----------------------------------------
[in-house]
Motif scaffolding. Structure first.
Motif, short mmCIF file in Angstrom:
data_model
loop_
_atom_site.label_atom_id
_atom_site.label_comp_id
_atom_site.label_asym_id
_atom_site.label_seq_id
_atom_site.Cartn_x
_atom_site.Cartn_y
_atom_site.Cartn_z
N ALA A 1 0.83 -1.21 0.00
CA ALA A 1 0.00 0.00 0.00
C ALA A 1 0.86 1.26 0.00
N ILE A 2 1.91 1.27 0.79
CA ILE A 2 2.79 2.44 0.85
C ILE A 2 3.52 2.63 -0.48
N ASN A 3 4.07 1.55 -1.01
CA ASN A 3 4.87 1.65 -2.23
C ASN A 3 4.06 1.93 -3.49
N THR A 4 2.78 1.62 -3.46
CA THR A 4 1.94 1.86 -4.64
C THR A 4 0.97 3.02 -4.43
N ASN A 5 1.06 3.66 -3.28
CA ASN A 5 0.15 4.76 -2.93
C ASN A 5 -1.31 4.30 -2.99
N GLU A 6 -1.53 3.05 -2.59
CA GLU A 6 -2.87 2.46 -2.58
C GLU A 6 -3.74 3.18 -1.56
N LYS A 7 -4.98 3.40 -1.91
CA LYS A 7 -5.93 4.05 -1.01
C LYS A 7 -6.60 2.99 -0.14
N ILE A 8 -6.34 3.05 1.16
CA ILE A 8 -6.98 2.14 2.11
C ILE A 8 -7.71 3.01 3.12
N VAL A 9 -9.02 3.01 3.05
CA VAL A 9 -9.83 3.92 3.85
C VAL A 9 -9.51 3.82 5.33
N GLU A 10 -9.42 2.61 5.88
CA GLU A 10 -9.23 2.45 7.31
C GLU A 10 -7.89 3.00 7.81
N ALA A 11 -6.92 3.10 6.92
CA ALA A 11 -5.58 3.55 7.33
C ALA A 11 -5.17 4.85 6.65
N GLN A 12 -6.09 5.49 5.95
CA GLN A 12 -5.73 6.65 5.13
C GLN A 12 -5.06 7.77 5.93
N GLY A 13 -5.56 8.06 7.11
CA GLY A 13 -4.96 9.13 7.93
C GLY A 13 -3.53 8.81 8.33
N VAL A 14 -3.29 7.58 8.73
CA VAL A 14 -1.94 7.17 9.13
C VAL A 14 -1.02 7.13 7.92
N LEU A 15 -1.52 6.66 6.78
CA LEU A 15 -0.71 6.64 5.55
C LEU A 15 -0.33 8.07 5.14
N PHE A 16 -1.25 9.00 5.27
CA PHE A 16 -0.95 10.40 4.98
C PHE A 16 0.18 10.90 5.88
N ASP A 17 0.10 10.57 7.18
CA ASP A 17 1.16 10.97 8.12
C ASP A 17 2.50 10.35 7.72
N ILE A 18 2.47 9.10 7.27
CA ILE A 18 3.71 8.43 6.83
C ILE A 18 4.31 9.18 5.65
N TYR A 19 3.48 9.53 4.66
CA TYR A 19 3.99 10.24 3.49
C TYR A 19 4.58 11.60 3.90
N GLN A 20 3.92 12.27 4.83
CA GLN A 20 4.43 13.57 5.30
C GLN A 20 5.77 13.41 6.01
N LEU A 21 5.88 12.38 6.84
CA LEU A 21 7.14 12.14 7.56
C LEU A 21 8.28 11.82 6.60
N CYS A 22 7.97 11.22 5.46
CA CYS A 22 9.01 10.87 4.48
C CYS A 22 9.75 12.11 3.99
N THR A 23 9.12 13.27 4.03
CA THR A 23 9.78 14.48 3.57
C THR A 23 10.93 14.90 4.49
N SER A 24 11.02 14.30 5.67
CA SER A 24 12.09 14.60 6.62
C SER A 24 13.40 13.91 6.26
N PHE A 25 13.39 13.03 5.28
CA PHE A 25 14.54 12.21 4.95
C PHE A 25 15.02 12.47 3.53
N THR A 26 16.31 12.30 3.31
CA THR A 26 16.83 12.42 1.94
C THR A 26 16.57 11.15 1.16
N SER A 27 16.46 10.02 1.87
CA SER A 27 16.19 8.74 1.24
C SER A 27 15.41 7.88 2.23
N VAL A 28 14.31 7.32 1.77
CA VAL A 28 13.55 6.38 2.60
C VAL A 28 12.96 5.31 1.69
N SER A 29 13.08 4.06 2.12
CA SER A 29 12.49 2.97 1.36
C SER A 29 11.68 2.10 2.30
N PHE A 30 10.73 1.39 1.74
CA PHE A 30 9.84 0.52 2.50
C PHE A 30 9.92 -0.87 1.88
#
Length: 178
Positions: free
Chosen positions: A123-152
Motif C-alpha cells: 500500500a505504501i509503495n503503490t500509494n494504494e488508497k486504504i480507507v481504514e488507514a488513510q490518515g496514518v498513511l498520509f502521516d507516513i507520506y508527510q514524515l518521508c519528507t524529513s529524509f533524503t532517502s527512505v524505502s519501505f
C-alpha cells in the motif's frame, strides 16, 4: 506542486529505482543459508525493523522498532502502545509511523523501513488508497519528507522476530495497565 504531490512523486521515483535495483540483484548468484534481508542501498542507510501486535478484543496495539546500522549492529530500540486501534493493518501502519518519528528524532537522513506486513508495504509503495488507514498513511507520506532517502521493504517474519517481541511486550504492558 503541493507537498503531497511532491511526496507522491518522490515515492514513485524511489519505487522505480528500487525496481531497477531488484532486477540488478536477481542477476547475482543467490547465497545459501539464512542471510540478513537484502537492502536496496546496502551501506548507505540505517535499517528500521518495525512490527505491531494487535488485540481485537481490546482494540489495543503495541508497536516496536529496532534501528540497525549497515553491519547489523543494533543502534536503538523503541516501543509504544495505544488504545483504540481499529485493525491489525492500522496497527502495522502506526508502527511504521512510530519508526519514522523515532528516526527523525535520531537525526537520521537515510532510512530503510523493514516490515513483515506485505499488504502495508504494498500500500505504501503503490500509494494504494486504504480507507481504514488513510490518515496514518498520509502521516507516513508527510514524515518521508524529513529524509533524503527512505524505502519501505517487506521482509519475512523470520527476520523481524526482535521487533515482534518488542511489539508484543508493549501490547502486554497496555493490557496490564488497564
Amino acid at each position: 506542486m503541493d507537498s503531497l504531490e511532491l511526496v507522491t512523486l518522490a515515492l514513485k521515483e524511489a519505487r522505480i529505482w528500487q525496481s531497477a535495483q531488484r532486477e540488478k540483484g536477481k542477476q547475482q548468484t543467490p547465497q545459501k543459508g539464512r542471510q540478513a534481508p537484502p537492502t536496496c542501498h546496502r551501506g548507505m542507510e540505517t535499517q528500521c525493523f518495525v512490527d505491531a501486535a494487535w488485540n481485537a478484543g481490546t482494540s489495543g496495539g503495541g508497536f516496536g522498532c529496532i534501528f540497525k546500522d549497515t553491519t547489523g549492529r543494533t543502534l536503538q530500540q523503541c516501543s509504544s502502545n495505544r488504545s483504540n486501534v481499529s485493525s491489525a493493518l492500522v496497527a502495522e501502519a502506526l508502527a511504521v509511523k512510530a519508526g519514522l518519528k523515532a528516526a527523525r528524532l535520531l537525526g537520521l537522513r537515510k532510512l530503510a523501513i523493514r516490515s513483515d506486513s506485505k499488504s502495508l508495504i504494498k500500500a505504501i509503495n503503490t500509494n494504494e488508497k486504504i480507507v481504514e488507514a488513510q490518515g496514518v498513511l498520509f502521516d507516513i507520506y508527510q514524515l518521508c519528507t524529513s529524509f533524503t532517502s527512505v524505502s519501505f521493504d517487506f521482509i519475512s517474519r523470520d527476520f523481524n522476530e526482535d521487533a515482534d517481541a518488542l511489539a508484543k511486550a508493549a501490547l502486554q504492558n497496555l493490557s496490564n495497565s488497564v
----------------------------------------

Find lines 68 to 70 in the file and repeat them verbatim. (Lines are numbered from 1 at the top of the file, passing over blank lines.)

CA TYR A 19 3.99 10.24 3.49
C TYR A 19 4.58 11.60 3.90
N GLN A 20 3.92 12.27 4.83